Where To Find Free Or Frugal Farmhouse Decor

 

Perhaps it’s my Dutch heritage coming through, or maybe it’s a byproduct of growing up in awe of how the Lord always provided for us supernaturally, but when it comes to decorating, I rebel against spending much on material things that, while they may beautify a home in this life, they have no value in the next. It seems imprudent to invest in things that moth and rust will destroy. This life is but a vapor, and even in this quick breath of earthly existence, stuff gets “dated,” color trends are just that – trends, and patterns and textures go in and out of favor.

Nevertheless, I love beauty. Everybody loves beauty; we are meant to. God loves beauty. He created beautiful things for His glory and He delights when we delight in what He has made. It is a good thing to make time for beauty and order in our homes. Aside from it being a reflection of God’s character, it also tell those who live there that their personal comfort is important to us.

It’s an interesting dichotomy, and the balance – it’s hard to achieve, isn’t it? For the most part, I’ve found that decorating our home with free or frugal things helps me not grow attached to perishables. If it’s easily replaceable and has no real monetary value, there’s no need to stress over the “thing” being broken.

This is why I love an edited farmhouse style look. The less things there are around, the less there is that can get wrecked. Clutter-free homes are naturally more peaceful; minimizing decor minimizes home management and maximizes relaxation. The farmhouse decor that is on display is already characterized by beautiful imperfections; chippy paint, rusty metal, weathered wood – if these things get bumped and banged, they increase in their appeal! I am certain it was a mother that popularized modern farmhouse style. Oh wait! It was. Her name is Joanna Gaines.

Here is where to find free or frugal farmhouse decor so you can help your house become a home without breaking the bank.

1. When you’re hunting for a particular piece of decor, always check the thrift store first. I was searching for a Spring wreath to display on our mantel in the living room, but I couldn’t justify spending $25 (plus shipping) on a boxwood wreath from Amazon. Instead, I found a pink and yellow pastel egg wreath at a thrift store for $2.99. It was not my style at all (other than peony bouquets from the garden in June, there is no pink decor in our house!), but a few coats of leftover white paint, a couple splatters of grey with an old tooth brush, and sphagnum moss remnants from another project strategically inserted and glued into the gaps, resulted in a fresh, farmhouse-y wreath that works just as well as the more expensive kind.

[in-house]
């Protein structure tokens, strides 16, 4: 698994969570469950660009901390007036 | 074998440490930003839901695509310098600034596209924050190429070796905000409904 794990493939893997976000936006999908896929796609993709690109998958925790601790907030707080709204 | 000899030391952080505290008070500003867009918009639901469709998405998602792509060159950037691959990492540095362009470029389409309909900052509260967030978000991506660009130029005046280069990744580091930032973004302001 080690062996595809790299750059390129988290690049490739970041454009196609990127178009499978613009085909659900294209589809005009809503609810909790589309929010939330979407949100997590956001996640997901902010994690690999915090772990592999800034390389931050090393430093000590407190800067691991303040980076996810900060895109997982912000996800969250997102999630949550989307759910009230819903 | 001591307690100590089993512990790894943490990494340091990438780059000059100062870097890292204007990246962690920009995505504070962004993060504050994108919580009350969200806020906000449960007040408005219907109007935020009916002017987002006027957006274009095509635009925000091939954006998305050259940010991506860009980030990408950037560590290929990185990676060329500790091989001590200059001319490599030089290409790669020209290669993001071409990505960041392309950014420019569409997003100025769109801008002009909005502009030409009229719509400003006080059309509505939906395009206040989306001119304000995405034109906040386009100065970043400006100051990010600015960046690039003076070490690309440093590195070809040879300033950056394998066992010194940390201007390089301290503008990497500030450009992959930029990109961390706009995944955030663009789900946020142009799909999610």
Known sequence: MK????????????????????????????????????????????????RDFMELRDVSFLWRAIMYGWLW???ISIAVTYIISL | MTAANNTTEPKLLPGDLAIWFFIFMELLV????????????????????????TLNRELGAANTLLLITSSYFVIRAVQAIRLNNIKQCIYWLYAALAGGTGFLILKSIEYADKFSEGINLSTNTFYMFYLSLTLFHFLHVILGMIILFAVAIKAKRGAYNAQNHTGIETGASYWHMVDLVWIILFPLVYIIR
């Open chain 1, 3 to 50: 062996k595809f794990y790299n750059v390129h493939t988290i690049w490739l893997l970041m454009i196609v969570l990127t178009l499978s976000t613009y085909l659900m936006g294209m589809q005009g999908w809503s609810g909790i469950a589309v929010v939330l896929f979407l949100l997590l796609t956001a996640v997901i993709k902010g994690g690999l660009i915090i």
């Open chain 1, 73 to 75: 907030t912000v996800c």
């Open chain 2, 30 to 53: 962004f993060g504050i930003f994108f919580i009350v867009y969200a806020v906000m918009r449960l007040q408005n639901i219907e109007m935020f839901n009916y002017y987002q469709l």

Thrift stores are also great places to find inexpensive baskets…

…headboards and night tables (I found bought our oldest son’s headboard for $3, and his night table for $7)…

…and vintage artwork, like the gold-framed herb prints above.

2. (Professional decorators, this is the part where you look away and move onto the next blog.) I must confess, the Dollar Store is one of my favorite places to look for home decor. You can’t find huge, ornate statement pieces there, but you can find lovely little treasures that when group together, can create a big impact on a small budget. The black frames that hold our botanical prints in the kitchen and our family photos in the living room (above), are cheap-o Dollar Store purchases. Hung together, they create a minimalist, symmetrical focal point on the wall. For pennies, prints and photographs can easily be switched out to create a new look.

Faux florals is another favorite Dollar Store purchase of mine. Some of it can look pretty fake, but every once in a while, I’m delighted to find rather realistic looking boxwood balls (and bowls to put them in)…

….forsythia and pussy willow twigs,

…even tulips!

The Dollar Store also sells vases…

…stainless steel bowls…

…even wooden cutting boards!

3. The side of the road is my absolute favorite place to find farmhouse decor. There is such a thrill in finding your own treasure, absolutely free, in someone else’s trash! I am incredibly incentivized to get my exercise the night before, or the morning of Big Garbage Day.  A walk around the block has yielded (among other things): an outdoor patio set, a wooden rocking chair, Christmas trees, a sleigh, 2 bar stools, outdoor planters and urns, a baby carrier, brand new sheets of plywood and melamine boards, a blanket ladder, an old window frame, and a scooter.